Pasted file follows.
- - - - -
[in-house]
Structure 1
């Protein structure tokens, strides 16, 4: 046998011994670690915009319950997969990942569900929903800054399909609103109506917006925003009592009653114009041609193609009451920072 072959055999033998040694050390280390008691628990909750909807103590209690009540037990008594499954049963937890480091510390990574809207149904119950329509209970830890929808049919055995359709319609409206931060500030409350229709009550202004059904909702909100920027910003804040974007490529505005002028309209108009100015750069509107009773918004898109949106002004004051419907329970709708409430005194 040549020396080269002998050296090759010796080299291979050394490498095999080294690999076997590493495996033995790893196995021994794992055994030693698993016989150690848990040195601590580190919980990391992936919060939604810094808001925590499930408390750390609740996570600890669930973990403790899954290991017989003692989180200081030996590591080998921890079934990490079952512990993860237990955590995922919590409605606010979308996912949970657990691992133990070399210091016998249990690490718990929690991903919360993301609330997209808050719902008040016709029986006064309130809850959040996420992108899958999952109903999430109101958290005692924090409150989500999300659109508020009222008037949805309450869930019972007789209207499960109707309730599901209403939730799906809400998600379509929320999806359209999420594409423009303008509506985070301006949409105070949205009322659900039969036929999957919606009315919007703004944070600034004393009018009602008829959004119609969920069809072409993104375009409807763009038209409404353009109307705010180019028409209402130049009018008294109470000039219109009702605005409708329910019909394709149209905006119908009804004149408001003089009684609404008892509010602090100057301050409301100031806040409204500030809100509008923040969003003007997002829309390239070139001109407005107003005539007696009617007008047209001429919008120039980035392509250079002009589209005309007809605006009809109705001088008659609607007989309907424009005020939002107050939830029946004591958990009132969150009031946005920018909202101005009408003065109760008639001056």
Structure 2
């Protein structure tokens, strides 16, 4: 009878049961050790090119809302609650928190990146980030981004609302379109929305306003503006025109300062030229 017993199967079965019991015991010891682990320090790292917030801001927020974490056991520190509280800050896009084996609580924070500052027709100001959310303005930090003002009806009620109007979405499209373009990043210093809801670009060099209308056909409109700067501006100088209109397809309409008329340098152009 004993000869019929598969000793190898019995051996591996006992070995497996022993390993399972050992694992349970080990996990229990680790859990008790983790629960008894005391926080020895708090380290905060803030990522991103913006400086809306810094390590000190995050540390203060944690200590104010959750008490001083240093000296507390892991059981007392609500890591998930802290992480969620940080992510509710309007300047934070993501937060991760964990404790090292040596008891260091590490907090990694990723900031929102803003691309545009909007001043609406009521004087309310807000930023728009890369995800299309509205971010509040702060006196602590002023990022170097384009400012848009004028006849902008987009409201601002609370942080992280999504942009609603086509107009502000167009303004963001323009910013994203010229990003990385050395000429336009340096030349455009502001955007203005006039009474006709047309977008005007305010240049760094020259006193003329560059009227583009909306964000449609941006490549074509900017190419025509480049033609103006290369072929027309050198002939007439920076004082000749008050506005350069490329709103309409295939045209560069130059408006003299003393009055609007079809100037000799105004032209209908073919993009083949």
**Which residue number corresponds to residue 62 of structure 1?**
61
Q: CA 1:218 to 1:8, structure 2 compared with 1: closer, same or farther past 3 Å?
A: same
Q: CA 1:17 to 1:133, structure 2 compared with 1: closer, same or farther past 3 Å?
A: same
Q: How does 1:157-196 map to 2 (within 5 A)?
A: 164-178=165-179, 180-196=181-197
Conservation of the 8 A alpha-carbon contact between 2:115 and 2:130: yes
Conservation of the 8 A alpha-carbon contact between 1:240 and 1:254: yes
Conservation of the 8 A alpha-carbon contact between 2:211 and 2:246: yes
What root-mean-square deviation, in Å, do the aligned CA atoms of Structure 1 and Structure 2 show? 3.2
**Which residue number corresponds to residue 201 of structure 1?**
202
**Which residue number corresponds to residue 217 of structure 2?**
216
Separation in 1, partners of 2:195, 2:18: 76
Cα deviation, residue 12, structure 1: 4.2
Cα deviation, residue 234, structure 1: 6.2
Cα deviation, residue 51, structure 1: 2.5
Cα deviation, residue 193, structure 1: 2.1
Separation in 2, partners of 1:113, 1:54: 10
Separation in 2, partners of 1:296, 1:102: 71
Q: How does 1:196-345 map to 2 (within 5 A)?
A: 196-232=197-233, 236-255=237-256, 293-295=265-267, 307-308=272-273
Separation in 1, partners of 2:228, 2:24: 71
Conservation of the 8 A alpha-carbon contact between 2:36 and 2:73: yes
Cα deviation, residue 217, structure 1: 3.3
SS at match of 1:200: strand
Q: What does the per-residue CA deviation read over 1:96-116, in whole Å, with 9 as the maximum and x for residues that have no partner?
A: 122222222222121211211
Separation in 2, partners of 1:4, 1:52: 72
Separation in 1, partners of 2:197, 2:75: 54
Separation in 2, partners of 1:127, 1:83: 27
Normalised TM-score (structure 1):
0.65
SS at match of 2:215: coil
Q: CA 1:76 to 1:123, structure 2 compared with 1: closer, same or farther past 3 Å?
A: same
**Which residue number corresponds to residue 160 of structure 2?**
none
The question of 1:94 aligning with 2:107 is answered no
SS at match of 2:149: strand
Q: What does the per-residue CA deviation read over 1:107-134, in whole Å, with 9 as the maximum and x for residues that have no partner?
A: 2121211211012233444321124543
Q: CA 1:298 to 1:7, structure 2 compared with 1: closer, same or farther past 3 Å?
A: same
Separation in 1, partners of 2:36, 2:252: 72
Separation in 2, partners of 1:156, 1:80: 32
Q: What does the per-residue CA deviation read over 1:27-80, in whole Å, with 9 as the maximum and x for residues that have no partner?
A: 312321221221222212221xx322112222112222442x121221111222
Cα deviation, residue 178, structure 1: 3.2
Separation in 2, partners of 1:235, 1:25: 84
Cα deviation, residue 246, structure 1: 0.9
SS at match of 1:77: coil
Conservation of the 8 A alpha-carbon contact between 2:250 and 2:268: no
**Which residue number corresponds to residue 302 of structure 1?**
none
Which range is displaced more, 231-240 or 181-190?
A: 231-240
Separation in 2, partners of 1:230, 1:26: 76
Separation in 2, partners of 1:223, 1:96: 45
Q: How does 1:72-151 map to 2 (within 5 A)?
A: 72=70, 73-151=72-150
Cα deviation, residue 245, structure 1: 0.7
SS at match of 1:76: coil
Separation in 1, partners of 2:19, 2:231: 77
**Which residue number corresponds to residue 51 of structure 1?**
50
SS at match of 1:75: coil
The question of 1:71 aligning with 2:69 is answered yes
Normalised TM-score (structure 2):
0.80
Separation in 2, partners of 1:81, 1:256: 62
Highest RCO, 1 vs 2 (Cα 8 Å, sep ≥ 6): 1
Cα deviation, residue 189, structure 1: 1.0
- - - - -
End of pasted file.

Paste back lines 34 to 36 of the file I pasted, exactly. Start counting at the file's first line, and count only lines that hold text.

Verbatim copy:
SS at match of 1:200: strand
Q: What does the per-residue CA deviation read over 1:96-116, in whole Å, with 9 as the maximum and x for residues that have no partner?
A: 122222222222121211211